[1] Chief Justice Brian W. Lennox of the Ontario Court of Justice in his speech at the Opening of the Courts, on 10 January 2007, noted that in 2006 there were 600,000 criminal charges brought in the Ontario Court of Justice, of which 87% were dealt with by guilty plea or withdrawal. The trial rate was 5-8%.

[2] R.. v. R.R., 2008 ONCA 497, 90 O.R. (3d) 641, 238 O.A.C. 242, [2008] O.J. No. 2468 at para. 16 (QL) [R.R.].

[3] Provincial Offences Act, R.S.O. 1990, c.P.33 [Provincial Offences Act].

[4] Opening of the Courts, 10 January 2007, note 1.There were over 1,700,000 charges under the Provincial Offence Act bought before the court in 2006, plus 11,000 appeals, according to Chief Justice Lennox. That is, there were almost three times as many provincial offences or regulatory offences, than criminal offences, before the courts. The latest statistics which are available indicate that for 2009, there were 2,159, 186 charges received by the Ontario Court of Justice for charges under the Provincial Offences Act. Of these the trial rate was 2.5%.

[5] Provincial Offences Act, note 3, s.1(1) definition of “offence”. The terms “provincial offences”, “regulatory offences” and “public welfare offences” are used inter-changeably throughout this research paper.  

[6] Contraventions Act, S.C. 1992, c.47, s.2 definition of “contravention”. [Contraventions Act]

[7] T.L. Archibald, K.E. Jull, and K.W. Roach, Regulatory and Corporate Liability: From Due Diligence to Risk Management (Aurora: Canada Law Book Inc., 2005) at 12-9-12-10.

[8] Ontario Law Commission, The Modernization of the Provincial Offences Act. (Consultation Paper, November 2009) (Toronto: Law Commission of Ontario, 2009) at 17-18.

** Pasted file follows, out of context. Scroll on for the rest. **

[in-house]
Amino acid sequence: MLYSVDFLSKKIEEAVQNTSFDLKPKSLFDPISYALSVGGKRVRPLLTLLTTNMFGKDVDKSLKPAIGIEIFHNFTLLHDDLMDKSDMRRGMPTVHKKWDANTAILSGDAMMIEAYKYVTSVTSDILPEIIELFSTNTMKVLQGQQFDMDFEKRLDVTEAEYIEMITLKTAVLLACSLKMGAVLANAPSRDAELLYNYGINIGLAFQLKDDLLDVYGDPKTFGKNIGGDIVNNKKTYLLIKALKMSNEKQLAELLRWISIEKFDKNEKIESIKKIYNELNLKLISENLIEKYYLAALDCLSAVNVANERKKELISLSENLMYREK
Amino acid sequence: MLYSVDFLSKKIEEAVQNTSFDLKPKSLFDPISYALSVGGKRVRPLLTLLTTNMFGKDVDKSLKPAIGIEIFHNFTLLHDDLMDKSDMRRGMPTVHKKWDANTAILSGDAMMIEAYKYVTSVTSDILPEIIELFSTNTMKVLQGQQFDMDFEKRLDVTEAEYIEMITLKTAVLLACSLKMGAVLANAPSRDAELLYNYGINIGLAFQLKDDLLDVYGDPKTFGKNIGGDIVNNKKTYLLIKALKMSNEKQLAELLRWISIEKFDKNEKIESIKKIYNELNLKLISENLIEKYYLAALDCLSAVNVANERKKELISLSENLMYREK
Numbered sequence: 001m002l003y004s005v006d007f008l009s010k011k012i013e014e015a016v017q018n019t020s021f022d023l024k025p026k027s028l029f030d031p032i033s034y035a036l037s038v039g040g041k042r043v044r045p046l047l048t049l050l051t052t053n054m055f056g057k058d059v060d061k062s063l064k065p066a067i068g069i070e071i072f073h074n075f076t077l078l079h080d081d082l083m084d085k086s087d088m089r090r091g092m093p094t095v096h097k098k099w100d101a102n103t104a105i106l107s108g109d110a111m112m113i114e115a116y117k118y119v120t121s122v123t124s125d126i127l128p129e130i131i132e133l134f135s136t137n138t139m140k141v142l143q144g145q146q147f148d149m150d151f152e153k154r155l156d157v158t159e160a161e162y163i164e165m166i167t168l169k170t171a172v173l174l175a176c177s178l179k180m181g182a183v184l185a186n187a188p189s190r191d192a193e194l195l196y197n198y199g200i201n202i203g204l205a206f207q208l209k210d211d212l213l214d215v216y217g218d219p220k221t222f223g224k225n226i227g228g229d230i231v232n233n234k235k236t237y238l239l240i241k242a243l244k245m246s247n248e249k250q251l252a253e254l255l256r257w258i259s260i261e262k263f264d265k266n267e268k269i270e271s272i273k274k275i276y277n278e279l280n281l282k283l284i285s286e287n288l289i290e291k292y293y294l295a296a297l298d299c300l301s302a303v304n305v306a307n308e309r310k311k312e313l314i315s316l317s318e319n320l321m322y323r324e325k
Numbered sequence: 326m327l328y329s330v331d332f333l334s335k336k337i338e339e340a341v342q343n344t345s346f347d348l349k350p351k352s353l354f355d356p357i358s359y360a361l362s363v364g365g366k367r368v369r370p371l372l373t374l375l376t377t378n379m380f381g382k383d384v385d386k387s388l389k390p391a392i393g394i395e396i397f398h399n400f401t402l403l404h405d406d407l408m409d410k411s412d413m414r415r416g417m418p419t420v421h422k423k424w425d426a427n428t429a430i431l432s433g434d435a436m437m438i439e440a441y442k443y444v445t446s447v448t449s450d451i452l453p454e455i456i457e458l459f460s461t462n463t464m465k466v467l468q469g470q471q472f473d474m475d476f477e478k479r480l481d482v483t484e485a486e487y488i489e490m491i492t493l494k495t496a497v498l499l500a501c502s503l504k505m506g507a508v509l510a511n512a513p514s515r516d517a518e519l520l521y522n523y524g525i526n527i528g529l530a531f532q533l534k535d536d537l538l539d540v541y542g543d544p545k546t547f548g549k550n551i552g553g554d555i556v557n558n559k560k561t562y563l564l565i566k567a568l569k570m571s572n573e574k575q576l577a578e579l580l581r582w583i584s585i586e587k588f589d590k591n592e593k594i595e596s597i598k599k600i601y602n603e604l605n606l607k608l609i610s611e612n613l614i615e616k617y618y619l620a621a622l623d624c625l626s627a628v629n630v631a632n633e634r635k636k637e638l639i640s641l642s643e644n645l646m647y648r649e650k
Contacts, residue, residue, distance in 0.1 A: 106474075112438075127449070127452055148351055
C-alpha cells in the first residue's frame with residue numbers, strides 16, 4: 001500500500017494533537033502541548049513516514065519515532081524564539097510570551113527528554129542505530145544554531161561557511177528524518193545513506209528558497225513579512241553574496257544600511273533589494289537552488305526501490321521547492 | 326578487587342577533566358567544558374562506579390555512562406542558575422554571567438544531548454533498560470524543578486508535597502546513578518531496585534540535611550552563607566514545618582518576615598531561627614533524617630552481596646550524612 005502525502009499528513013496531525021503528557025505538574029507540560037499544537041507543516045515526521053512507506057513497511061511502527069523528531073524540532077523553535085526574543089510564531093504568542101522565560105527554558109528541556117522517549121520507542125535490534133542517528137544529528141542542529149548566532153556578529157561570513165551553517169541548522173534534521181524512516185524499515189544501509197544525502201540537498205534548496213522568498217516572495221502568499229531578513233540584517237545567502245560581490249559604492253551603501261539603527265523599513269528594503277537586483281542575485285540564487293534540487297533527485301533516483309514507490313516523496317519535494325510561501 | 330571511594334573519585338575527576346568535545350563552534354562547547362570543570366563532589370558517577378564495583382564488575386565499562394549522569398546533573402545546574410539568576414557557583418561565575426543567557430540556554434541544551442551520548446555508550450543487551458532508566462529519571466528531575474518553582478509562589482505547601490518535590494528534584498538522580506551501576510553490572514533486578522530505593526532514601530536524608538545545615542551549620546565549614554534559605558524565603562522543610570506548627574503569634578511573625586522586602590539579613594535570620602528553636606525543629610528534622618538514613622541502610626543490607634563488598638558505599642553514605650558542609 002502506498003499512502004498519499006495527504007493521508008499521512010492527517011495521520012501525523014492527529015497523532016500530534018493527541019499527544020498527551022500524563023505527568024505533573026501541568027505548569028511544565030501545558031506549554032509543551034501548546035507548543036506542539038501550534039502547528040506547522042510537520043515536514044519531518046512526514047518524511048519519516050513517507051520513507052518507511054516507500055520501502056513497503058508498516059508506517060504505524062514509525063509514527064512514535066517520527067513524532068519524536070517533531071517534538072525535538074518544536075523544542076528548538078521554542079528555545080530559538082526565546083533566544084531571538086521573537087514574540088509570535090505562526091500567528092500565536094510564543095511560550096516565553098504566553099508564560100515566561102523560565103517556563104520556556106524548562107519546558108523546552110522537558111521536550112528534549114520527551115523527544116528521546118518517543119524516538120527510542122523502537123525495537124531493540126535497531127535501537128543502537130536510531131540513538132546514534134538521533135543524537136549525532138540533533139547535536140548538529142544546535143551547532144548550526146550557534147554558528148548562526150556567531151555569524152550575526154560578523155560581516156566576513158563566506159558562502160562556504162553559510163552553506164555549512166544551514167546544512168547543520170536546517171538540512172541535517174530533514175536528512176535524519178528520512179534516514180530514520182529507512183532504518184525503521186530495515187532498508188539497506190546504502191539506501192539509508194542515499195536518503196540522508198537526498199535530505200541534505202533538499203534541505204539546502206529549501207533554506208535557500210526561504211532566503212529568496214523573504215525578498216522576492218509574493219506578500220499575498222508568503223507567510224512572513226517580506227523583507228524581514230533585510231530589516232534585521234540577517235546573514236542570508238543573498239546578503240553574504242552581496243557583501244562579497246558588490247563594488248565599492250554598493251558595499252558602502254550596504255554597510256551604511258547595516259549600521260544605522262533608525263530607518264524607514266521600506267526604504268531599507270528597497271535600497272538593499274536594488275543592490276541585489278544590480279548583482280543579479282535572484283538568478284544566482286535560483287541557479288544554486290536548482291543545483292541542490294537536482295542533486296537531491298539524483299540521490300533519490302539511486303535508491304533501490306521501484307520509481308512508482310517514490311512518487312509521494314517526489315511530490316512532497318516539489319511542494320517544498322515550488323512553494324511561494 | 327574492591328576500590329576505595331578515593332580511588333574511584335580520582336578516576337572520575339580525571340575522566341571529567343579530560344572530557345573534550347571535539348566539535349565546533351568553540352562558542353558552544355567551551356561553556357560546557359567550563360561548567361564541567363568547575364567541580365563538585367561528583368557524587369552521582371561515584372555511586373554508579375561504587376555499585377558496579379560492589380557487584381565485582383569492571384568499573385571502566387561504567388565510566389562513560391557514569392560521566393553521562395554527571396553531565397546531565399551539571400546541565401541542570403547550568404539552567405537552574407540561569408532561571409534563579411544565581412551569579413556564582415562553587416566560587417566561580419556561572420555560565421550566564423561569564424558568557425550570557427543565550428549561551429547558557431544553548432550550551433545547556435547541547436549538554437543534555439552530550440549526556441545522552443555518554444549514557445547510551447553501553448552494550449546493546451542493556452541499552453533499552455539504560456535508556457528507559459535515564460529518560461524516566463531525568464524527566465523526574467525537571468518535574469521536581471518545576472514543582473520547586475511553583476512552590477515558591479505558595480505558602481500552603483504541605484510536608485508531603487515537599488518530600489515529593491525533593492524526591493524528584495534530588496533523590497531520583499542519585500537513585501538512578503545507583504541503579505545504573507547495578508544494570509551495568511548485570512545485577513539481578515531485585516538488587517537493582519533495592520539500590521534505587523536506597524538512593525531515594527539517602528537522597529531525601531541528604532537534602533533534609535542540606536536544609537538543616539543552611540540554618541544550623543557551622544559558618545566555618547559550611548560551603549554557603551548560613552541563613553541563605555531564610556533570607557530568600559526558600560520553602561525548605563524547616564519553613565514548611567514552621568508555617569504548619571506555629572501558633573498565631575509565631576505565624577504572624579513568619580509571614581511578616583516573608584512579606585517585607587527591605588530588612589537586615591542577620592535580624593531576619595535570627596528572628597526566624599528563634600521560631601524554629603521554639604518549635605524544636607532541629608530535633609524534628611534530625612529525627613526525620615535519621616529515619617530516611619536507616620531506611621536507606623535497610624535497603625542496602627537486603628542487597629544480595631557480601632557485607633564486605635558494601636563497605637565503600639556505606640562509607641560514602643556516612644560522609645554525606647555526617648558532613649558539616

[9]  Criminal Code, R.S.C. 1985, c.C-46 [Criminal Code].

[10] Criminal Code, note 9, s.718.

[11] R. v. Wholesale Travel Group Inc.,[1991] 3 S.C.R. 154, [1991] S.C.J. No. 79 (QL) [Wholesale Travel Group Inc.].

[12] Wholesale Travel Group Inc., note 11 at [QL] paras. 136-137.

[13] F.B. Sayre, “Public Welfare Offences” (1933), 33 Colum. L. Rev. 55 at 73.

[14] Liora Salter, Methods of Regulation (Vancouver: Simon Fraser University Department of Communication, 1986).

[15] Ian Ayres and John Braithwaite, Responsive Regulation. Transcending the Deregulation Debate (New York: Oxford University Press, 1992) at 35. In Canada “a great deal of the power” of regulatory agencies is dependent upon persuasion: Liora Salter and Debra Slaco, Public Inquiries in Canada (Ottawa: Government of Canada, 1981) at 210.

[16] Ayres, note 15 at 40, describes this strategy as “regulation by raised eyebrows” or “regulation by vice-regal suasion”, noting in their study of approximately 100 Australian regulatory agencies that while enormous powers were given to these regulators, it was hardly necessary to use them in order to secure compliance.

[17] Wholesale Travel Group Inc., note 11 at [QL] para. 219.

[18] R. v. Hydro-Quebec, [1997] 3 S.C.R. 213, [1997] S.C.J. No. 76 at para. 46 (QL) [Hydro-Quebec].

[19] Jeremy Rowan-Robinson, Paul Q. Watchman, and C.R. Barker, “Crime and Regulation”, [1988] Crim. L.R. 211.

[20] Rowan-Robinson, note 19. See further Keith Hawkins, “Bargain and Bluff. Compliance Strategy and Deterrence in the Enforcement of Regulation” (1983), 5 Law & Policy Quarterly 35 at 48.

[21] Archibald, note 7 at 12-1.

[22] Archibald, note 7 at 1-16.3.

[23] Archibald, note 7 at 1-16.3. See further Salter, note 14 at 151 where risk assessment is described as a “problem-oriented concept” whose use is said to imply that “developments should be allowed to proceed, and products used, unless serious problems have been identified.” 

[24] Archibald, note 7 at 12-1.

[25] R. v. Cotton Felts Ltd. (1982), 2 C.C.C. (3d) 287, [1982] O.J. No. 178 at para. 19 (QL) (C.A.) [Cotton Felts Ltd.].

[26] Archibald, note 7 at 12-1.

[27] L.H..Leigh, “The Criminal Liability of Corporations and Other Groups” (1977), 9 Ottawa L. Rev. 247.

[28] Law Reform Commission of Canada, Studies in Strict Liability (Ottawa: Government of Canada, 1974) at 2.